When sharks prowl shallow waters, fish quit foraging and hide—sparing seaweed from being grazed in those areas. Jason G. Goldman reports.
Predators like wolves affect their ecosystems by eating their prey. But a more subtle impact involves fear. Predators also terrify prey species. And when, for example, elk are hiding, they don't spend as much time eating leaves. The impact of a predator down through the food web all the way to plants is called a "trophic cascade."
Meanwhile, fish at a coral reef near the Fiji archipelago in the South Pacific generally graze on the seaweeds that grow on the reef. But when reef sharks emerge from deeper waters, it's best to quit foraging and hide instead.
"Thinking about these other ecosystems, like wolves, their effects in their ecosystems don't play out in all places in all times. They happen to be most pronounced in risky habitats, like river valleys or gorges.”
Marine scientist Douglas Rasher, from the nonprofit Bigelow Laboratory for Ocean Sciences in Maine.
“So it got me thinking that maybe these shallow habitats might be the place where sharks have their most pronounced effects on the ecosystem."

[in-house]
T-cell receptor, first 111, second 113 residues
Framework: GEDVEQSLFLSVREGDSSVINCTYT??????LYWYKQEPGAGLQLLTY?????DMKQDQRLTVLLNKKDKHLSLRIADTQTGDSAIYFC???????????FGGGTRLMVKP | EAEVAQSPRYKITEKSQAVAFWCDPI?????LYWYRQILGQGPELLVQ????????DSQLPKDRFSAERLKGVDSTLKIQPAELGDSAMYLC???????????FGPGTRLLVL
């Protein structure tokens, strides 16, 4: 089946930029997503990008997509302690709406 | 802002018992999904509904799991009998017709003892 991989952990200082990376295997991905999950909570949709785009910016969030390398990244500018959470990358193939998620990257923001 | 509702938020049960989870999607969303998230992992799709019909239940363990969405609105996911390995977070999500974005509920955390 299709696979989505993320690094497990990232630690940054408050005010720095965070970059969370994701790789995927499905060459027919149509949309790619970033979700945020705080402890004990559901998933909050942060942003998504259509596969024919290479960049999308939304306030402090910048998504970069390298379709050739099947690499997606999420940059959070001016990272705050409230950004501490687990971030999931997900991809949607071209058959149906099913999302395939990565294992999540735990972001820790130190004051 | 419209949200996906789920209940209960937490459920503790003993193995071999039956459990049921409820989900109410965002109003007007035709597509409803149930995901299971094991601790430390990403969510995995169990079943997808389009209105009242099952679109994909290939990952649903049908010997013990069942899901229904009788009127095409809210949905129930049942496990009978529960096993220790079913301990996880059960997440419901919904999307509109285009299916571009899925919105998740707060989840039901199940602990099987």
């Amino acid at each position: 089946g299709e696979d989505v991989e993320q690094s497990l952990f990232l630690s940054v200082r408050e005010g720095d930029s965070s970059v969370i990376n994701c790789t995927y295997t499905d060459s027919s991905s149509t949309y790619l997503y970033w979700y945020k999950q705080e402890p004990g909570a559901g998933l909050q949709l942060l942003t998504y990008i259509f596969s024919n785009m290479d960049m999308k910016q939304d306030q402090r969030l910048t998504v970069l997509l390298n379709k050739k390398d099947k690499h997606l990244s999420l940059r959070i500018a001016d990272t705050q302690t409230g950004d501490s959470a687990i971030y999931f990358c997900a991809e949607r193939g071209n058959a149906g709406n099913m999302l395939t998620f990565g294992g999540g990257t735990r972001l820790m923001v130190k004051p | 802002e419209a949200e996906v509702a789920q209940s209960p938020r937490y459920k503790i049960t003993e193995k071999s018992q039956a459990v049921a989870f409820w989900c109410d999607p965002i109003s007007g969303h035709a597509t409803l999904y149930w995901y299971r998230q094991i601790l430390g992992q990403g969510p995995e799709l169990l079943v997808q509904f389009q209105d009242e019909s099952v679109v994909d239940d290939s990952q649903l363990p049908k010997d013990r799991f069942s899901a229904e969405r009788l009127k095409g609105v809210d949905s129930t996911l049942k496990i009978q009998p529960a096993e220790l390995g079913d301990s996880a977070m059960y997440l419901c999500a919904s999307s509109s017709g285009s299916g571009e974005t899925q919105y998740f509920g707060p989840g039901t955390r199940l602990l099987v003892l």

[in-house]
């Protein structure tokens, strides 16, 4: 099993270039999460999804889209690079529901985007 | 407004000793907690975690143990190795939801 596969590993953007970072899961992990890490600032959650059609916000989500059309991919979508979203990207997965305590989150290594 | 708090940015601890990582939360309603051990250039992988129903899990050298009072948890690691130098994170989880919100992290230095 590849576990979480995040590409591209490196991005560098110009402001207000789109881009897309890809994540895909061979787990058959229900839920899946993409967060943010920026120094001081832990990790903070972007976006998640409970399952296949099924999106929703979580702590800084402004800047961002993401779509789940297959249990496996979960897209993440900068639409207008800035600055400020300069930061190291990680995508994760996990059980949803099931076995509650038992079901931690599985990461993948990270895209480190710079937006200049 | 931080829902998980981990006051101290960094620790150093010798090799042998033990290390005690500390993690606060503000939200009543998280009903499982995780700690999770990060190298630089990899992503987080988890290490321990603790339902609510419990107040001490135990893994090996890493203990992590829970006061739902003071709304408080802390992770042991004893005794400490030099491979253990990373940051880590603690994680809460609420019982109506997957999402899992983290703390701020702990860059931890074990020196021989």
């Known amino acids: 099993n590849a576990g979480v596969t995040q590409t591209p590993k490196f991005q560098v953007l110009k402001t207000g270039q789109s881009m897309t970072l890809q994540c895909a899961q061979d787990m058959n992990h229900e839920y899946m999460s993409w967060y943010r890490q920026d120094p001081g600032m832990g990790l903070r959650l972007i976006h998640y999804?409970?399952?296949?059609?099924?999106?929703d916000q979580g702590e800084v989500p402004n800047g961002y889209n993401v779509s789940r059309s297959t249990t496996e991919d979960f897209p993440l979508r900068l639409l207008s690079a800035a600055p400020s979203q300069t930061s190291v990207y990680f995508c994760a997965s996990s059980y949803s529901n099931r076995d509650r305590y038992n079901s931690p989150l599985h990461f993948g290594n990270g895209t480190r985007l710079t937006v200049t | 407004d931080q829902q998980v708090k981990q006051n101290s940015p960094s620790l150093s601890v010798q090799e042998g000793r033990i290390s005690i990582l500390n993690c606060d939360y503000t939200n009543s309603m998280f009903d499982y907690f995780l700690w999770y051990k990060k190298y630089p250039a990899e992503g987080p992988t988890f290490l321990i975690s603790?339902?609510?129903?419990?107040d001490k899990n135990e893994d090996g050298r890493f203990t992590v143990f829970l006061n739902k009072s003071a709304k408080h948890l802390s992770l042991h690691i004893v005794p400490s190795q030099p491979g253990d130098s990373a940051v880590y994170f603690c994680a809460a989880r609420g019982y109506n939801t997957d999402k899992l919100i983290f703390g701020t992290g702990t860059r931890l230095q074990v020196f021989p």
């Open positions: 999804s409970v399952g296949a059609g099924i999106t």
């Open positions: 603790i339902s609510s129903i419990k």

At one time, researchers did not even think trophic cascades even existed in the real world, and many still debate whether sharks can drive trophic cascades on coral reefs. By observing reef communities in Fiji's Votua Marine Reserve, Rasher and his team discovered that sharks do in fact influence plant growth on the reefs—by scaring the herbivorous fish away from eating them.
Here's how it works: when the tide rises, sharks make hunting raids into the shallow lagoons. The fish stop eating and hide instead. But during low tide, the predators are isolated in deeper waters, unable to access the reef-enclosed lagoons. That's when the fish can safely graze.
"All the fish in this system have a very keen sense of when the tide is coming up and when the tide is going out. If you just sort of sit there and watch through the transition, you see, particularly with the large herbivores, as the tide starts to drop they seem to know it, and they jet. And it's really predictable."
The upshot is that the deeper parts of the reef are more extensively grazed, while seaweed grows more freely on the higher parts of the reef that are accessible to the fish only when they are focused on avoiding becoming a shark's lunch. The results are in the journal Scientific Reports. [Douglas B. Rasher, Andrew S. Hoey and Mark E. Hay, Cascading predator effects in a Fijian coral reef system.]
For Rasher, these findings mean that the question is no longer whether sharks influence the dynamics of reef plant and animal communities, but instead under what conditions they do so.
"Predators can have important impacts on coral reefs, but we need to look carefully to determine when and where those important impacts exist."
—Jason G. Goldman
[The above text is a transcript of this podcast.]